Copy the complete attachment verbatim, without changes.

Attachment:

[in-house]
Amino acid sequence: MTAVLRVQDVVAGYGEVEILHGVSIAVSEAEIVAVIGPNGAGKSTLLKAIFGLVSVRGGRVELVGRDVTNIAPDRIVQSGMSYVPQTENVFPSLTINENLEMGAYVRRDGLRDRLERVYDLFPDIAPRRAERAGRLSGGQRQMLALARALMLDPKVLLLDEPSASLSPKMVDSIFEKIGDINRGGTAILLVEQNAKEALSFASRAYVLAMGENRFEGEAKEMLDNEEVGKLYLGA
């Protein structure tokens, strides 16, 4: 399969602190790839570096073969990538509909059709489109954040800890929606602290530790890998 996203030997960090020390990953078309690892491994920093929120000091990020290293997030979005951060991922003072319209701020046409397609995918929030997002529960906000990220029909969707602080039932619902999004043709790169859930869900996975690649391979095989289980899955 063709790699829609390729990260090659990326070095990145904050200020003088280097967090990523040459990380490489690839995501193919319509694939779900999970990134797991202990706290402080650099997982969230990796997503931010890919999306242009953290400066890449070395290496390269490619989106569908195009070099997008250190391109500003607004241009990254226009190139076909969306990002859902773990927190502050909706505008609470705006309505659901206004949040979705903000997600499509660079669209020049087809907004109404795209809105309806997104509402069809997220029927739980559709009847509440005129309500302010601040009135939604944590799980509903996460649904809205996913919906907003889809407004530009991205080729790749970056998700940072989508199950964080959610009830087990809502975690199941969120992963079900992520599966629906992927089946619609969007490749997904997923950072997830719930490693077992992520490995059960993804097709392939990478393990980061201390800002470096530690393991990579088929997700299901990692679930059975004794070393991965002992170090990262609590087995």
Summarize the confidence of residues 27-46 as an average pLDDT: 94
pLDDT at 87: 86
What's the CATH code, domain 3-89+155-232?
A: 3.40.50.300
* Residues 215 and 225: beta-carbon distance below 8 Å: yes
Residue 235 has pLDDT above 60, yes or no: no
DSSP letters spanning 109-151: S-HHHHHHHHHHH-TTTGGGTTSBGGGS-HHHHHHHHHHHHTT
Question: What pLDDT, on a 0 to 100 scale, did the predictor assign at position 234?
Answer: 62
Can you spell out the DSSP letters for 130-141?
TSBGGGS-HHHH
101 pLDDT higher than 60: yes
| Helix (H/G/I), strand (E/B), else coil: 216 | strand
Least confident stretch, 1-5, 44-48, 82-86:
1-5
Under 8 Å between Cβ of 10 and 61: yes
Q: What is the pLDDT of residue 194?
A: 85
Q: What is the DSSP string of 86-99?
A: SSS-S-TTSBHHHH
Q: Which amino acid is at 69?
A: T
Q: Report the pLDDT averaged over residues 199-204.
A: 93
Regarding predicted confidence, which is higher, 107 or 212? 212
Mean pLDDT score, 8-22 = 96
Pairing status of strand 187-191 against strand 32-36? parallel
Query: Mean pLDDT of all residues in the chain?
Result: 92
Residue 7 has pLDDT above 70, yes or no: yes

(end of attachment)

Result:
[in-house]
Amino acid sequence: MTAVLRVQDVVAGYGEVEILHGVSIAVSEAEIVAVIGPNGAGKSTLLKAIFGLVSVRGGRVELVGRDVTNIAPDRIVQSGMSYVPQTENVFPSLTINENLEMGAYVRRDGLRDRLERVYDLFPDIAPRRAERAGRLSGGQRQMLALARALMLDPKVLLLDEPSASLSPKMVDSIFEKIGDINRGGTAILLVEQNAKEALSFASRAYVLAMGENRFEGEAKEMLDNEEVGKLYLGA
């Protein structure tokens, strides 16, 4: 399969602190790839570096073969990538509909059709489109954040800890929606602290530790890998 996203030997960090020390990953078309690892491994920093929120000091990020290293997030979005951060991922003072319209701020046409397609995918929030997002529960906000990220029909969707602080039932619902999004043709790169859930869900996975690649391979095989289980899955 063709790699829609390729990260090659990326070095990145904050200020003088280097967090990523040459990380490489690839995501193919319509694939779900999970990134797991202990706290402080650099997982969230990796997503931010890919999306242009953290400066890449070395290496390269490619989106569908195009070099997008250190391109500003607004241009990254226009190139076909969306990002859902773990927190502050909706505008609470705006309505659901206004949040979705903000997600499509660079669209020049087809907004109404795209809105309806997104509402069809997220029927739980559709009847509440005129309500302010601040009135939604944590799980509903996460649904809205996913919906907003889809407004530009991205080729790749970056998700940072989508199950964080959610009830087990809502975690199941969120992963079900992520599966629906992927089946619609969007490749997904997923950072997830719930490693077992992520490995059960993804097709392939990478393990980061201390800002470096530690393991990579088929997700299901990692679930059975004794070393991965002992170090990262609590087995």
Summarize the confidence of residues 27-46 as an average pLDDT: 94
pLDDT at 87: 86
What's the CATH code, domain 3-89+155-232?
A: 3.40.50.300
* Residues 215 and 225: beta-carbon distance below 8 Å: yes
Residue 235 has pLDDT above 60, yes or no: no
DSSP letters spanning 109-151: S-HHHHHHHHHHH-TTTGGGTTSBGGGS-HHHHHHHHHHHHTT
Question: What pLDDT, on a 0 to 100 scale, did the predictor assign at position 234?
Answer: 62
Can you spell out the DSSP letters for 130-141?
TSBGGGS-HHHH
101 pLDDT higher than 60: yes
| Helix (H/G/I), strand (E/B), else coil: 216 | strand
Least confident stretch, 1-5, 44-48, 82-86:
1-5
Under 8 Å between Cβ of 10 and 61: yes
Q: What is the pLDDT of residue 194?
A: 85
Q: What is the DSSP string of 86-99?
A: SSS-S-TTSBHHHH
Q: Which amino acid is at 69?
A: T
Q: Report the pLDDT averaged over residues 199-204.
A: 93
Regarding predicted confidence, which is higher, 107 or 212? 212
Mean pLDDT score, 8-22 = 96
Pairing status of strand 187-191 against strand 32-36? parallel
Query: Mean pLDDT of all residues in the chain?
Result: 92
Residue 7 has pLDDT above 70, yes or no: yes